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Latest Libyan Faction Fighting Drags Oil Output Down

Oil Crescent

The Libyan National Army (LNA), led by General Khalifa Haftar, has bombed the Benghazi Defense Brigades (BDB) faction for a fifth day in the country’s Oil Crescent, and the latest fighting has led to Libya’s oil production dropping by 35,000 bpd to around 660,000 bpd, Reuters reported on Tuesday, quoting local officials and residents.

The LNA and BDB have been fighting over control of the oil ports in Libya’s east since Friday, putting the country’s plan to dramatically increase oil production and exports at risk. In September last year, the LNA took control of three oil export terminals in the Oil Crescent, wrestling them from the Petroleum Facilities Guard, which is affiliated with the UN-backed Government of National Accord.

Since then the oil ports have been gradually opened and handed over to the National Oil Corporation to manage. Thanks to the reopening of the export terminals, Libya ramped up its crude oil production to 700,000 bpd as of January, eyeing a daily average of 1.1 million barrels by the end of this year.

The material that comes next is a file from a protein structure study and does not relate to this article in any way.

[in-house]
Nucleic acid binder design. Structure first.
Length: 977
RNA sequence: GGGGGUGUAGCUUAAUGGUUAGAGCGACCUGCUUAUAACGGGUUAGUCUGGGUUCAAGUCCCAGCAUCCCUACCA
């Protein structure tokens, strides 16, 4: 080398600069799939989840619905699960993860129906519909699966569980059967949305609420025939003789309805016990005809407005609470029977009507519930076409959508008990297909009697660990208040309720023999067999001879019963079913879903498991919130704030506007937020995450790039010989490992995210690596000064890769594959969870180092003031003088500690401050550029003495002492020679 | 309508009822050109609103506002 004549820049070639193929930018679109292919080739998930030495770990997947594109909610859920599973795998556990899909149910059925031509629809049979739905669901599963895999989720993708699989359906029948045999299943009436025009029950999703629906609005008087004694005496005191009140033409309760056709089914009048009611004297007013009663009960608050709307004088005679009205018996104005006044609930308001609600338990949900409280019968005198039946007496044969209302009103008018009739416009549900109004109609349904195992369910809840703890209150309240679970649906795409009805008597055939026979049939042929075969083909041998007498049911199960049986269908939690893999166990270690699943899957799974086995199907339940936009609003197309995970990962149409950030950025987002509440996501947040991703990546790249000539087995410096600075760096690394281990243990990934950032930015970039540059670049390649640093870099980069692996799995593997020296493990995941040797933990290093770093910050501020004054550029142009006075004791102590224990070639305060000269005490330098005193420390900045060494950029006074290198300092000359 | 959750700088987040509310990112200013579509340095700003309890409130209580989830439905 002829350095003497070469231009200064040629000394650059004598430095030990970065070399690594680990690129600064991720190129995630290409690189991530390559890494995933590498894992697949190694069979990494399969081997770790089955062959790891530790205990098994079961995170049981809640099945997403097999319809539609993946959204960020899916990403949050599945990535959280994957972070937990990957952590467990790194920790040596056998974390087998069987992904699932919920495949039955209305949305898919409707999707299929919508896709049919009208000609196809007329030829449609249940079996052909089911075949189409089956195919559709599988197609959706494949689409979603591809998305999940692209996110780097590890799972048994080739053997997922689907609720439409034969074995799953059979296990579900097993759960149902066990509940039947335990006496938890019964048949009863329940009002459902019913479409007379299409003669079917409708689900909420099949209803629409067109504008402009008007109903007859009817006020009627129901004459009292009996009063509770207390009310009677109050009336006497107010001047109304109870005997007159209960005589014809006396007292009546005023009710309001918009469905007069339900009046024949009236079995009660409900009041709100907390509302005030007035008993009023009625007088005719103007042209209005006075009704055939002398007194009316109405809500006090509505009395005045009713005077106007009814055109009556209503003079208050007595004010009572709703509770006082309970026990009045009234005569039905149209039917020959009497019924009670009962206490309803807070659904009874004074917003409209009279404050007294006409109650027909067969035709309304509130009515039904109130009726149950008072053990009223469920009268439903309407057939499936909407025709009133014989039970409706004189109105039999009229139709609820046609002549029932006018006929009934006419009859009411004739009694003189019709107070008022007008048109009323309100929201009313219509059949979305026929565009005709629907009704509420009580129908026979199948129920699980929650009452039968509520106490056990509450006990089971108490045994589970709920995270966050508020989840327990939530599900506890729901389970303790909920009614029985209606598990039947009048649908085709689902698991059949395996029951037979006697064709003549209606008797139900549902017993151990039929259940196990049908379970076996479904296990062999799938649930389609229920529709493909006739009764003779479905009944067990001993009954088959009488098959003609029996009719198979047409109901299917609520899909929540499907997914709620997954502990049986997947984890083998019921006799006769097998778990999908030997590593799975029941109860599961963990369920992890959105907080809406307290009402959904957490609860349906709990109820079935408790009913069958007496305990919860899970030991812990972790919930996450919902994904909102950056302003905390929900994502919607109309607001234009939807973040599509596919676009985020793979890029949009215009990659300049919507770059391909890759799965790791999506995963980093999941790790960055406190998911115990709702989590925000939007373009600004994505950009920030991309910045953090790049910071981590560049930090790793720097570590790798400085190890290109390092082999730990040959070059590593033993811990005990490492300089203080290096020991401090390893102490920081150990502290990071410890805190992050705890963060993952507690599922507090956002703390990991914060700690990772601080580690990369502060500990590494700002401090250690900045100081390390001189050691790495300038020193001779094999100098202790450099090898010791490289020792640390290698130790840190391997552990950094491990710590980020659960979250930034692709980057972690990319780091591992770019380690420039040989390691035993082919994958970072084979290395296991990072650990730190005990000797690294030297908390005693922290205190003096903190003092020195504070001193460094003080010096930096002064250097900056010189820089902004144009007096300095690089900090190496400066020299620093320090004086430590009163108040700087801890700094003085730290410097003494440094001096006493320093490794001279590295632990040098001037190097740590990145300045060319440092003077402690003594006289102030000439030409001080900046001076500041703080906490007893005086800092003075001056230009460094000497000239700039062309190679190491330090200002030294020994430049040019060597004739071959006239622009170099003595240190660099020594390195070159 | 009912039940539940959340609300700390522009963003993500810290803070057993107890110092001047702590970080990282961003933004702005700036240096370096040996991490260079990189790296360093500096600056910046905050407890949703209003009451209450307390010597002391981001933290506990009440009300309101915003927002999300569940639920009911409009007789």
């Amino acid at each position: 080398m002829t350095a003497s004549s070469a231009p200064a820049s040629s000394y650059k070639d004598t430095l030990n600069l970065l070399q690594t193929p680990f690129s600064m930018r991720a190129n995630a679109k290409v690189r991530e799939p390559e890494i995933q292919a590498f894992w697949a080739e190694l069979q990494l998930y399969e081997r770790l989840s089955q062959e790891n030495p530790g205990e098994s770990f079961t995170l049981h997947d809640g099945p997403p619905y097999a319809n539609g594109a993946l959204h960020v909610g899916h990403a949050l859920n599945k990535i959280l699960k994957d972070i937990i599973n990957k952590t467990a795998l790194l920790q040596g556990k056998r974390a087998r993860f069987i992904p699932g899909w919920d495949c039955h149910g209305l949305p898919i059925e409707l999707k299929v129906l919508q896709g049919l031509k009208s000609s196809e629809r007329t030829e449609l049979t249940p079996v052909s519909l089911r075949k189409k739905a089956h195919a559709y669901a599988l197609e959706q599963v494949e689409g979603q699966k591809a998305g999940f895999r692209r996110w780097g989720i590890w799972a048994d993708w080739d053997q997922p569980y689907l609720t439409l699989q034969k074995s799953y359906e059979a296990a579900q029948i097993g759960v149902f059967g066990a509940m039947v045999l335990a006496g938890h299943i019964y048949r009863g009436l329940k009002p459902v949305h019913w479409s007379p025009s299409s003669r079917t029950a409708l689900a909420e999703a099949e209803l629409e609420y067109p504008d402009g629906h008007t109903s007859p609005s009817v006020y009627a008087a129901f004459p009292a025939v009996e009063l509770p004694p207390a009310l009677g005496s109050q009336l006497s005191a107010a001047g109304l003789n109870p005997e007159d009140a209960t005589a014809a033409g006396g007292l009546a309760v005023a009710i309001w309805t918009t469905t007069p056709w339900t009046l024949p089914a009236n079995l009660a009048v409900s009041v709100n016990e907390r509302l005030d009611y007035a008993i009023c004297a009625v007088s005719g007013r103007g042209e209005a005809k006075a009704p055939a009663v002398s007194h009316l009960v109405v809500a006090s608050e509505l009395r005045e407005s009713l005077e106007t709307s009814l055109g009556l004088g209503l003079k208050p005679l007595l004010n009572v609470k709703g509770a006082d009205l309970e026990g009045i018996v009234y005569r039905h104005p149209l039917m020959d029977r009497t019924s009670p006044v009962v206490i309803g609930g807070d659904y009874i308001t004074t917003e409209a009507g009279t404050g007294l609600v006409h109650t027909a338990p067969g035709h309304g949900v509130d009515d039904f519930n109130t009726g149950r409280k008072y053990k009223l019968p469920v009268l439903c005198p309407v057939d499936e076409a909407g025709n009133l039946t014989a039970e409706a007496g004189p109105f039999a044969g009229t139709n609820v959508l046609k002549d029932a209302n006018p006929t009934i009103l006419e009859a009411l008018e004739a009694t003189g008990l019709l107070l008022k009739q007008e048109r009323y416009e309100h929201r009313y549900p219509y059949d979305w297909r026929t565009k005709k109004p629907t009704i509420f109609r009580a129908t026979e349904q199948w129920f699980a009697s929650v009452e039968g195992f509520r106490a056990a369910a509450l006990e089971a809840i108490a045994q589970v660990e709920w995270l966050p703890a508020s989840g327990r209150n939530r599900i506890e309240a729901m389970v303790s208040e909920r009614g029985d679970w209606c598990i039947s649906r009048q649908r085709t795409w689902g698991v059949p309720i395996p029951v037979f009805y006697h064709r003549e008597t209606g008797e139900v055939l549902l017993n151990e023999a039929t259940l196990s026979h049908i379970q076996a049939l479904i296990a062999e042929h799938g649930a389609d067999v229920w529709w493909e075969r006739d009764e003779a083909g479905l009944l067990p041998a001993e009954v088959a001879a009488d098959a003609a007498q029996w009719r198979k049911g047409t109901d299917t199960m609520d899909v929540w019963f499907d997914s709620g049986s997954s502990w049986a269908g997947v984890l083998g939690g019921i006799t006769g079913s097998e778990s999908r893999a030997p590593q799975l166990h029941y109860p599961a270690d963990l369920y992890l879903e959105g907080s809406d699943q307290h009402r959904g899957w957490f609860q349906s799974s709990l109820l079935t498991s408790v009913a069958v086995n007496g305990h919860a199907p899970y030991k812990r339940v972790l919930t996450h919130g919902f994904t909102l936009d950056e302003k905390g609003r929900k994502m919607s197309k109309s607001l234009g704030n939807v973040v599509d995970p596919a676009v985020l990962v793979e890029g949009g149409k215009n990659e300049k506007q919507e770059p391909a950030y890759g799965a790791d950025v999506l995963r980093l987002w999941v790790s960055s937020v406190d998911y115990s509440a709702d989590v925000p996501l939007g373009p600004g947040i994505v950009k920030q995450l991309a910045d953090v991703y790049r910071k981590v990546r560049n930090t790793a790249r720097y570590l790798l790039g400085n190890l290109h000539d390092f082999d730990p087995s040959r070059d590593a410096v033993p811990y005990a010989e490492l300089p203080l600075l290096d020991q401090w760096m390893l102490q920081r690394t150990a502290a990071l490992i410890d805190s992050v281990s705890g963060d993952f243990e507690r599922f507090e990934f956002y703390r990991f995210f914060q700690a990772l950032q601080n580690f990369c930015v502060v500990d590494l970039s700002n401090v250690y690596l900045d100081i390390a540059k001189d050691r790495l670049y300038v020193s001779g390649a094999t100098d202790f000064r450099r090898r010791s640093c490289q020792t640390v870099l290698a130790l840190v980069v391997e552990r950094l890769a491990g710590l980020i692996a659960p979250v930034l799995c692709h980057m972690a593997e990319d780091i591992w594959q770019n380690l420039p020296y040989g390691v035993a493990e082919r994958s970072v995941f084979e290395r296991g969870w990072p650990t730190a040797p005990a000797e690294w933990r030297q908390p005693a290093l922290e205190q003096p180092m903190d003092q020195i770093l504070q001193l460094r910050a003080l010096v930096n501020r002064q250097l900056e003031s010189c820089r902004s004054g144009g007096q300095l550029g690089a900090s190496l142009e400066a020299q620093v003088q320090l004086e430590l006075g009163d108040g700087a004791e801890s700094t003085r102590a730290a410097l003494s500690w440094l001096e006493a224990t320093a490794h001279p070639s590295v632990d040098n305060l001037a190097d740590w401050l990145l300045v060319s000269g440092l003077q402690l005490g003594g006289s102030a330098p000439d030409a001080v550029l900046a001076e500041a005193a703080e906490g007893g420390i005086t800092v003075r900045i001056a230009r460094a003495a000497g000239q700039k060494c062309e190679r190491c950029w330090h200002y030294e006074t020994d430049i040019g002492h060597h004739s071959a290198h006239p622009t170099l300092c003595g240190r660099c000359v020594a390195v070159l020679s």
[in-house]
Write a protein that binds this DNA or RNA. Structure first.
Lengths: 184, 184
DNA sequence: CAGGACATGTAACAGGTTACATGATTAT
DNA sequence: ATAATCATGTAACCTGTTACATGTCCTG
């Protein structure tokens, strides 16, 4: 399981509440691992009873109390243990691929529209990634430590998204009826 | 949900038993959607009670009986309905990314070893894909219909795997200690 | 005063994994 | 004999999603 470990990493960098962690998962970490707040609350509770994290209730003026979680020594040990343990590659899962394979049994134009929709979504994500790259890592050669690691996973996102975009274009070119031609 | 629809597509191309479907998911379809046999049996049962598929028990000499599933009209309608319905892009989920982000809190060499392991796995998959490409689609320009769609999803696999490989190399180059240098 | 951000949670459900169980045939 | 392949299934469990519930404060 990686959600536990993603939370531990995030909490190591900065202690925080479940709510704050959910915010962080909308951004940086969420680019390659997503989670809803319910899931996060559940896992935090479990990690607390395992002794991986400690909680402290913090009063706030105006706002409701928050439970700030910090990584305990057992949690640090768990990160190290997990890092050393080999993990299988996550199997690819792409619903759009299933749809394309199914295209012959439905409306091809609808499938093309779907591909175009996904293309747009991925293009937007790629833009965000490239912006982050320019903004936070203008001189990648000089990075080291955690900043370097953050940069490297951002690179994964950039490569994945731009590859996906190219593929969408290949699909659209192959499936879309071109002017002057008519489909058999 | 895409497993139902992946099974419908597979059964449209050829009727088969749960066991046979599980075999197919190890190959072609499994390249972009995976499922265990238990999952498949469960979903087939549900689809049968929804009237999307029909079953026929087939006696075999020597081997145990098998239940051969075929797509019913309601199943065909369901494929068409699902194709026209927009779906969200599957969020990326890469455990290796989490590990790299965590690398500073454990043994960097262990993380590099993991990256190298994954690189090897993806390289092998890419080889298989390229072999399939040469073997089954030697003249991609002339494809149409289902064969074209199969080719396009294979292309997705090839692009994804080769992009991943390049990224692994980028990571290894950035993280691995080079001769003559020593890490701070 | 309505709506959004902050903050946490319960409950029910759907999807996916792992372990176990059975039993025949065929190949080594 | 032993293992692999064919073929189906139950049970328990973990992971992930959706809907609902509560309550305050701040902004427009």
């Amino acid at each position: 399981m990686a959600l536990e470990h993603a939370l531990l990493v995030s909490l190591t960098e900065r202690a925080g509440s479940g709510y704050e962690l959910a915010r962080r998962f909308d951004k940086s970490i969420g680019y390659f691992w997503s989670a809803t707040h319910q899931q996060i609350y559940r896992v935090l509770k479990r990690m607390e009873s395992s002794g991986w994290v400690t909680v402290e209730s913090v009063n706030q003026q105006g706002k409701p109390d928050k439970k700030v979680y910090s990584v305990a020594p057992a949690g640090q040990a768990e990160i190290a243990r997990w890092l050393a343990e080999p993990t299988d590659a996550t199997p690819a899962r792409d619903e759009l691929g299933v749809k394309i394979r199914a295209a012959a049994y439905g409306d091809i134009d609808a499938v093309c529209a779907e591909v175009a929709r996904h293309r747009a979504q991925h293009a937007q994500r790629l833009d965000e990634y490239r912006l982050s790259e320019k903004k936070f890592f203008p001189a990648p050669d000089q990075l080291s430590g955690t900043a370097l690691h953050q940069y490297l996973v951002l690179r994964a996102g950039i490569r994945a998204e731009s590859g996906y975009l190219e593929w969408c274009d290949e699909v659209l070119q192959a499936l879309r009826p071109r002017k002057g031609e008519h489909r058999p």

But since the fighting intensified last Friday, Libya’s output had dropped to some 650,000 bpd, and shipments from the Es Sider and Ras Lanuf ports have been suspended until the security situation improves, Bloomberg reported on Sunday.

Related: Oil Prices Hold Steady Ahead Of Inventory Data

On Saturday, the National Oil Corporation issued a statement, saying:

The Chairman of the National Oil Corporation, Eng. Mustafa Sanalla, today said the country’s oil sector must not be a political bargaining chip, and urged all sides to refrain from conflict over oil infrastructure.

Es Sider was reportedly seized by the BDB on Friday, while Reuters sources say Ras Lanuf is also overran by them.

Due to the continuous fighting between rival factions and militias in the country, Libya was exempt from OPEC’s collective production cut deal aimed at easing the global oil glut. In January, Libya’s output was 675,000 bpd, up by 64,700 bpd from December 2016, OPEC secondary-sources figures showed.

By Tsvetana Paraskova for Oilprice.com

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